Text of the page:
Lots of new visitors around the blog this week, so if you are lurking do say hello and tell us what’s on your mind.
A few things have caught my attention of late which could have had a post to themselves had I had time.
I really liked Dan Bell’s piece about men’s violence against men in the Telegraph today. Probably not surprising, as it leans quite heavily on the piece of mine that appears in the new Inside Man book, which you can, and indeed must, buy from here. Dan and a couple of other contributors were on BBC 5Live on Monday and the discussion was really unusually good. Listen again here – if you are short of time, the last half hour is the best bit.
Laura Bates’s Everyday Sexism column today pointed me towards the consent materials being delivered at the University of Bristol by an outfit called Pause, Play, Stop. I had a bit of a shufty around their website and found to my delight and astonishment that all of their information, including a ‘test’ of your knowledge of consent, was entirely non-specific. Their ‘facts’ video included prevalences of men who have been subjected to unwanted sexual contact. In short, it was pretty much an object lesson in everything I and others have been calling for over the years.
Talking of consent, there’s a court case in New Jersey that seems to have been rumbling on years, and it blows my mind. A professor is accused of sexually abusing a young man with severe learning and communication difficulties. Her defence is that she used ‘facilitated commuications’ to talk to him, through which he communicated his consent to sex. The problem is, facilitated communication has been debunked for at least 40 years. It appears to operate through ideomotor responses, used by illusionists and charlatan mediums. It is really distressing to read that someone could even kid themselves that this is a credible defence, hideous to think that she probably actually convinced herself that she had consent.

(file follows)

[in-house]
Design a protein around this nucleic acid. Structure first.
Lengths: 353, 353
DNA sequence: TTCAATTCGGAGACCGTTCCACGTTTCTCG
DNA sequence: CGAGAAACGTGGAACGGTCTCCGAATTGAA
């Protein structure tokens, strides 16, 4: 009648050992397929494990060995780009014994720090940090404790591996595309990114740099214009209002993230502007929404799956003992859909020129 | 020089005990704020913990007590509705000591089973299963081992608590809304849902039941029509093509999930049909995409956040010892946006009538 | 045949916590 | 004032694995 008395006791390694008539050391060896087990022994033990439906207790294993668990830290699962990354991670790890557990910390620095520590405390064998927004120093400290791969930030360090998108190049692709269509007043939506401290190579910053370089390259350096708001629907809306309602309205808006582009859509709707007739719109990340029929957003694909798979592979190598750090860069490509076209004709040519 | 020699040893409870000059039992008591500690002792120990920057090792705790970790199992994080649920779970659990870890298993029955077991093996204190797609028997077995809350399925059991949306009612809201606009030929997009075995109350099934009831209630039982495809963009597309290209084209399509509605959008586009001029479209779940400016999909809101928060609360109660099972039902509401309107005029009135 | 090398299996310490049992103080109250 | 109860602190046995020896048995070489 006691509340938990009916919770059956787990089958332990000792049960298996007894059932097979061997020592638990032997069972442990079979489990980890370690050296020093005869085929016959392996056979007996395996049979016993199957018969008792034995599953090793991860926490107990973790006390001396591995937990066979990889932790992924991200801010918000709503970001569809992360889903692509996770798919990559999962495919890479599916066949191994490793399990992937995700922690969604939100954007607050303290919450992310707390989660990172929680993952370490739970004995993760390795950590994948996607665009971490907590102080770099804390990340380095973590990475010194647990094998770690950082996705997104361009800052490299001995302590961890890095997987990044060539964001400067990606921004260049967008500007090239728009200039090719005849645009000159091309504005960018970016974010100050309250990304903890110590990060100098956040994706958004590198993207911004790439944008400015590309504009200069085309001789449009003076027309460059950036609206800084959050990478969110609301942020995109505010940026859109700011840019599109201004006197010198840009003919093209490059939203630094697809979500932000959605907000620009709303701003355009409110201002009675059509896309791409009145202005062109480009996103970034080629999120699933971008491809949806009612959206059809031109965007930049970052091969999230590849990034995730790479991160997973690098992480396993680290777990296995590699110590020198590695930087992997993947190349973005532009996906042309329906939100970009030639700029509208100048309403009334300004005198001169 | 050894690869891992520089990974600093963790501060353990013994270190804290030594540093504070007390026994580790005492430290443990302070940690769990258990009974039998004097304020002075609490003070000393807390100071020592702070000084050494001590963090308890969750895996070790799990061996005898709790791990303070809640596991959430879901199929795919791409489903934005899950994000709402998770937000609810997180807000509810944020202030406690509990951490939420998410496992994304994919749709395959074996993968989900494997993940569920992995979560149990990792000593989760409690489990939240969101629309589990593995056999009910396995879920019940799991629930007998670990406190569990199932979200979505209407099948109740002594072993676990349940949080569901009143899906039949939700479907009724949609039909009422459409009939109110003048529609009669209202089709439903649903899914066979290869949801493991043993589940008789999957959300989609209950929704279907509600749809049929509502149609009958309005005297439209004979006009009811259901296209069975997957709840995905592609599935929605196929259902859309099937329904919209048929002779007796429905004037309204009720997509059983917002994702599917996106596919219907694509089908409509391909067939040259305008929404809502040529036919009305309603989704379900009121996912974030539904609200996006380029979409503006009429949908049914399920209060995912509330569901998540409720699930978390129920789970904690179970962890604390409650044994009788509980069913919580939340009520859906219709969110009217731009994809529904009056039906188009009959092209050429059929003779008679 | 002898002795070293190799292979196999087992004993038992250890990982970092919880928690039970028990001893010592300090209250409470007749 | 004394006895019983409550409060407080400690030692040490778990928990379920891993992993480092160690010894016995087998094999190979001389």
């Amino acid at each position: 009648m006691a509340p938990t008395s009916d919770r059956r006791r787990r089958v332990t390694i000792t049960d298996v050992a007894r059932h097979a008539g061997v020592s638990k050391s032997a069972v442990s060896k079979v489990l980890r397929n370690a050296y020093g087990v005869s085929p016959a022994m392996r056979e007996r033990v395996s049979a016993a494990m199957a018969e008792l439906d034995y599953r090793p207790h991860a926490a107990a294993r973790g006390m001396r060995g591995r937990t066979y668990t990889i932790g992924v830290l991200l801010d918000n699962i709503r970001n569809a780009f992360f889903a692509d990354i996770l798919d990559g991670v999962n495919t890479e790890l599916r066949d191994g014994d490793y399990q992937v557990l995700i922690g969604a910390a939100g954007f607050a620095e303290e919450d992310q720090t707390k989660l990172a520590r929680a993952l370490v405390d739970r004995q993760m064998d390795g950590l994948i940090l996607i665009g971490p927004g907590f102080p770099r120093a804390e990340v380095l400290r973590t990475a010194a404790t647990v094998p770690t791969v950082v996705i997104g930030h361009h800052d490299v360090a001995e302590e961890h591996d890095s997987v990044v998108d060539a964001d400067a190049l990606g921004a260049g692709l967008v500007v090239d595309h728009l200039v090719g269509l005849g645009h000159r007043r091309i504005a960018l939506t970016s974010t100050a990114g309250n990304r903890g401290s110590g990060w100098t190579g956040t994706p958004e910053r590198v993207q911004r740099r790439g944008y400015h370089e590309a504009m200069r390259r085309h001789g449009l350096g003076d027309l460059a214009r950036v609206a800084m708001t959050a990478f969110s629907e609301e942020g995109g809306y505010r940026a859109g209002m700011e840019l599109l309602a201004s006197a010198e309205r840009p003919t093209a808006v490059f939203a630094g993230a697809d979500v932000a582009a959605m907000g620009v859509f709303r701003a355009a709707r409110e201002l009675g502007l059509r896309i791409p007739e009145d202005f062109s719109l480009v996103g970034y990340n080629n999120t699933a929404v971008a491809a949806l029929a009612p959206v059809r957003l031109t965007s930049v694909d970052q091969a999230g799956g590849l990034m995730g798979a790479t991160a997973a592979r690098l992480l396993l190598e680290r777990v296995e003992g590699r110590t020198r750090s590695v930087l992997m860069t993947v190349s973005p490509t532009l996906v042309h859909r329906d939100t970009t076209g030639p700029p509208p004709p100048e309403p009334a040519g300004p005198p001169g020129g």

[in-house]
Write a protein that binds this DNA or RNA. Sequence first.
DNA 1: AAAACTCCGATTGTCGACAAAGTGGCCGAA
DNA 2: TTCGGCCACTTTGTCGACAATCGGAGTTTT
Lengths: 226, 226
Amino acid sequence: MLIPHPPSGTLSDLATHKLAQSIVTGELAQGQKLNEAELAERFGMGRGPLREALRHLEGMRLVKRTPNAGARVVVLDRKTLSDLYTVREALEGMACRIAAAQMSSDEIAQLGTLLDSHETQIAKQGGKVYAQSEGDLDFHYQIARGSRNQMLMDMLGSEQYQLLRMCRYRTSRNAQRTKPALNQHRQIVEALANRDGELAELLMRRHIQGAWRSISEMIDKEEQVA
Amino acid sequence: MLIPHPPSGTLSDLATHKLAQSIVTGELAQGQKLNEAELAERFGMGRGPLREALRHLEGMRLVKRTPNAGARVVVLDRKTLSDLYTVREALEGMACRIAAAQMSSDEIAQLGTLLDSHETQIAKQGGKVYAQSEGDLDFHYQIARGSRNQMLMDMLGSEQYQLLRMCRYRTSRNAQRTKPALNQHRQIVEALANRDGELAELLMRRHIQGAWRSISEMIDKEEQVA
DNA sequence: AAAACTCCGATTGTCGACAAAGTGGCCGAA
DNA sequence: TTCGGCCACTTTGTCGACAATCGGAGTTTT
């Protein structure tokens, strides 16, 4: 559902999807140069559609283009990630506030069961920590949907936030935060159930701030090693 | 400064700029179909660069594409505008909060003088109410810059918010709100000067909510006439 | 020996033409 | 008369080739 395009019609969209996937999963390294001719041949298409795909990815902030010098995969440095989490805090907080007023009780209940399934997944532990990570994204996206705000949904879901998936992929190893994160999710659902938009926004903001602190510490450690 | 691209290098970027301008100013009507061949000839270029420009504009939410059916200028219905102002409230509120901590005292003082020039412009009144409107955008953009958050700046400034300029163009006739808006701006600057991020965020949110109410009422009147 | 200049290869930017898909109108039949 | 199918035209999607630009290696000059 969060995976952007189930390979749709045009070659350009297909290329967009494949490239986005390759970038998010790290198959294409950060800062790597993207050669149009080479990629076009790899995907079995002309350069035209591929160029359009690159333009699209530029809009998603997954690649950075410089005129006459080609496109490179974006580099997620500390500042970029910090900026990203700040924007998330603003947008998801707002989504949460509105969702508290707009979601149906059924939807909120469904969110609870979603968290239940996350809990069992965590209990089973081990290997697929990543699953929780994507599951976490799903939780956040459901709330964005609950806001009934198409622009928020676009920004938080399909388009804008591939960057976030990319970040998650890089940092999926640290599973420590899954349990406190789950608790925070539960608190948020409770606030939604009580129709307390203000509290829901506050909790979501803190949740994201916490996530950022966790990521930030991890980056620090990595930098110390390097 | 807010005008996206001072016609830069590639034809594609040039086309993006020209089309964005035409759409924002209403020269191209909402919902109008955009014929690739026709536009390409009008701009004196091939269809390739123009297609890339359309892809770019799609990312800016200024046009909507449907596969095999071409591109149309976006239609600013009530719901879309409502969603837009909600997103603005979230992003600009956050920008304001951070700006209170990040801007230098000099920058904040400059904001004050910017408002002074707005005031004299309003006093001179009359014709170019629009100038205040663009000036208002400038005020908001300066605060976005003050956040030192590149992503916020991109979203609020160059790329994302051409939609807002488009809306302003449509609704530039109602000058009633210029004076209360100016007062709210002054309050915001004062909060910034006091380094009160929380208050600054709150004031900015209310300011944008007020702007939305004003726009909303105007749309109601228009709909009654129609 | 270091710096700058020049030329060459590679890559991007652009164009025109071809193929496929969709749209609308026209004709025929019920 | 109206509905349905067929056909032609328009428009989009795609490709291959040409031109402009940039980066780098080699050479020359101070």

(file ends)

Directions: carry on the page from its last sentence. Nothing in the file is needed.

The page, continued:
And still in the realm of strange sexual offences, the case of Gayle Newland has had everyone talking and most of them seem to have been asking me what I think, The truth is I’m really not sure. I was less impressed by the tone of Harriet Wistrich’s piece in the Guardian, which compared and contrasted to the lack of criminal charges against the undercover cops who maintained fraudulent longterm relationships. For what it is worth, I think both should be considered criminal offences, but not sure what. I really liked the thoughtful piece here which covers all these issues and concludes that perhaps we need a new criminal offence of obtaining sex by deception. I think I agree.
And finally, after all that heavy stuff, why not relax by shagging a banana? Or at least reading this piece which kind of reminds us that why the world does need Vice. And at least there is absolutely no danger of a banana becoming conscious and withdrawing consent.
Your thoughts about any of the above, and anything else on your mind, are welcome below.
Open thread, so usual rules apply. There is no off topic, moderation will be light touch, just try not to turn things into the end of Kill Bill pt 1.